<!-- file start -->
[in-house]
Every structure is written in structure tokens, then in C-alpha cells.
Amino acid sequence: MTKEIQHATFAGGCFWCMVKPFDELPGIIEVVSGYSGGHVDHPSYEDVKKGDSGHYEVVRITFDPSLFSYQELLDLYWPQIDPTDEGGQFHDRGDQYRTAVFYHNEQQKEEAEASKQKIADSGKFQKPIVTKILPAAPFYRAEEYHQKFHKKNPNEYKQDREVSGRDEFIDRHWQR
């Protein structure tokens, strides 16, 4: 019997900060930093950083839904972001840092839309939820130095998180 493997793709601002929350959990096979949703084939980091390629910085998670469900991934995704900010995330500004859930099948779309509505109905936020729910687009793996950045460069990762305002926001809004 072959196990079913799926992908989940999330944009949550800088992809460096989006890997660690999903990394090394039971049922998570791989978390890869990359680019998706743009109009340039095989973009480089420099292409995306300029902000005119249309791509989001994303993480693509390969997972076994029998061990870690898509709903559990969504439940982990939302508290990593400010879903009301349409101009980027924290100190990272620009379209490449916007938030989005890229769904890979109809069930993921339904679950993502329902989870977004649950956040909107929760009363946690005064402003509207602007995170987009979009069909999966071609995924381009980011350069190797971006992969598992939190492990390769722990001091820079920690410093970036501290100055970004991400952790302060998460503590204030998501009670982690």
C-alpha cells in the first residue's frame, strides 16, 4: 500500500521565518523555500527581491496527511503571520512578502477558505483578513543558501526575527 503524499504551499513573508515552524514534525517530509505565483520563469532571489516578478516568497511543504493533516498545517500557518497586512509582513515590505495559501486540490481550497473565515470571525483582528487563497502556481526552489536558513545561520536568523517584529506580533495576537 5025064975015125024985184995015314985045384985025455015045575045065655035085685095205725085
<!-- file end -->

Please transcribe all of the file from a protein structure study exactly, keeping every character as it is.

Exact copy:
[in-house]
Every structure is written in structure tokens, then in C-alpha cells.
Amino acid sequence: MTKEIQHATFAGGCFWCMVKPFDELPGIIEVVSGYSGGHVDHPSYEDVKKGDSGHYEVVRITFDPSLFSYQELLDLYWPQIDPTDEGGQFHDRGDQYRTAVFYHNEQQKEEAEASKQKIADSGKFQKPIVTKILPAAPFYRAEEYHQKFHKKNPNEYKQDREVSGRDEFIDRHWQR
């Protein structure tokens, strides 16, 4: 019997900060930093950083839904972001840092839309939820130095998180 493997793709601002929350959990096979949703084939980091390629910085998670469900991934995704900010995330500004859930099948779309509505109905936020729910687009793996950045460069990762305002926001809004 072959196990079913799926992908989940999330944009949550800088992809460096989006890997660690999903990394090394039971049922998570791989978390890869990359680019998706743009109009340039095989973009480089420099292409995306300029902000005119249309791509989001994303993480693509390969997972076994029998061990870690898509709903559990969504439940982990939302508290990593400010879903009301349409101009980027924290100190990272620009379209490449916007938030989005890229769904890979109809069930993921339904679950993502329902989870977004649950956040909107929760009363946690005064402003509207602007995170987009979009069909999966071609995924381009980011350069190797971006992969598992939190492990390769722990001091820079920690410093970036501290100055970004991400952790302060998460503590204030998501009670982690």
C-alpha cells in the first residue's frame, strides 16, 4: 500500500521565518523555500527581491496527511503571520512578502477558505483578513543558501526575527 503524499504551499513573508515552524514534525517530509505565483520563469532571489516578478516568497511543504493533516498545517500557518497586512509582513515590505495559501486540490481550497473565515470571525483582528487563497502556481526552489536558513545561520536568523517584529506580533495576537 5025064975015125024985184995015314985045384985025455015045575045065655035085685095205725085